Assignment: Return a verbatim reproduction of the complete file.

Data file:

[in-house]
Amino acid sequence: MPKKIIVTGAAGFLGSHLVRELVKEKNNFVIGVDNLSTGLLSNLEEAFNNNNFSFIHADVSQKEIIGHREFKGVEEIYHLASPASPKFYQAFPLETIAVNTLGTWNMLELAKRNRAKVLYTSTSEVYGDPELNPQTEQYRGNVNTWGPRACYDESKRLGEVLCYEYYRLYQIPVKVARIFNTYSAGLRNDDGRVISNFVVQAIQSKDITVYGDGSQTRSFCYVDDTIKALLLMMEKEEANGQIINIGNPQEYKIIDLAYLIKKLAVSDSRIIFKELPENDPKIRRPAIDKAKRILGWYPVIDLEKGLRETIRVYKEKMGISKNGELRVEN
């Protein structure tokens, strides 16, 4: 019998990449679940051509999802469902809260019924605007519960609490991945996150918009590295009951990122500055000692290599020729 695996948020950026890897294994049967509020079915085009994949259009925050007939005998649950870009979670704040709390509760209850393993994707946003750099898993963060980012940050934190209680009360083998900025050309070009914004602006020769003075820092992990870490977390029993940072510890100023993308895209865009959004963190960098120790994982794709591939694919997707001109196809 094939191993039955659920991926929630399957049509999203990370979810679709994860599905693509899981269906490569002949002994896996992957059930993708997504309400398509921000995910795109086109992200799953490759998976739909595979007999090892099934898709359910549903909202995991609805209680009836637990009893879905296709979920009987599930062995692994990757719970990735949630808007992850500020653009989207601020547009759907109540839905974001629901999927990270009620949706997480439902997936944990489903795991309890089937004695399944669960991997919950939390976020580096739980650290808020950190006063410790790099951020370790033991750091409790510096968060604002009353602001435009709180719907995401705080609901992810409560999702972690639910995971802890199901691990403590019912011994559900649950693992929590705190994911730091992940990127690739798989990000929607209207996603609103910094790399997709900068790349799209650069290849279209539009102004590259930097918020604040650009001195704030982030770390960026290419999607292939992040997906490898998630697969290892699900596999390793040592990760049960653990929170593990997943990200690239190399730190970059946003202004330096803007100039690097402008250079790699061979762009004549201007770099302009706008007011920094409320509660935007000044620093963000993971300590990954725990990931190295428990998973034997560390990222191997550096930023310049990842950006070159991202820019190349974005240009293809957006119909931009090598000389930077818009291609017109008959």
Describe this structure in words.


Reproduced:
[in-house]
Amino acid sequence: MPKKIIVTGAAGFLGSHLVRELVKEKNNFVIGVDNLSTGLLSNLEEAFNNNNFSFIHADVSQKEIIGHREFKGVEEIYHLASPASPKFYQAFPLETIAVNTLGTWNMLELAKRNRAKVLYTSTSEVYGDPELNPQTEQYRGNVNTWGPRACYDESKRLGEVLCYEYYRLYQIPVKVARIFNTYSAGLRNDDGRVISNFVVQAIQSKDITVYGDGSQTRSFCYVDDTIKALLLMMEKEEANGQIINIGNPQEYKIIDLAYLIKKLAVSDSRIIFKELPENDPKIRRPAIDKAKRILGWYPVIDLEKGLRETIRVYKEKMGISKNGELRVEN
């Protein structure tokens, strides 16, 4: 019998990449679940051509999802469902809260019924605007519960609490991945996150918009590295009951990122500055000692290599020729 695996948020950026890897294994049967509020079915085009994949259009925050007939005998649950870009979670704040709390509760209850393993994707946003750099898993963060980012940050934190209680009360083998900025050309070009914004602006020769003075820092992990870490977390029993940072510890100023993308895209865009959004963190960098120790994982794709591939694919997707001109196809 094939191993039955659920991926929630399957049509999203990370979810679709994860599905693509899981269906490569002949002994896996992957059930993708997504309400398509921000995910795109086109992200799953490759998976739909595979007999090892099934898709359910549903909202995991609805209680009836637990009893879905296709979920009987599930062995692994990757719970990735949630808007992850500020653009989207601020547009759907109540839905974001629901999927990270009620949706997480439902997936944990489903795991309890089937004695399944669960991997919950939390976020580096739980650290808020950190006063410790790099951020370790033991750091409790510096968060604002009353602001435009709180719907995401705080609901992810409560999702972690639910995971802890199901691990403590019912011994559900649950693992929590705190994911730091992940990127690739798989990000929607209207996603609103910094790399997709900068790349799209650069290849279209539009102004590259930097918020604040650009001195704030982030770390960026290419999607292939992040997906490898998630697969290892699900596999390793040592990760049960653990929170593990997943990200690239190399730190970059946003202004330096803007100039690097402008250079790699061979762009004549201007770099302009706008007011920094409320509660935007000044620093963000993971300590990954725990990931190295428990998973034997560390990222191997550096930023310049990842950006070159991202820019190349974005240009293809957006119909931009090598000389930077818009291609017109008959």
Describe this structure in words.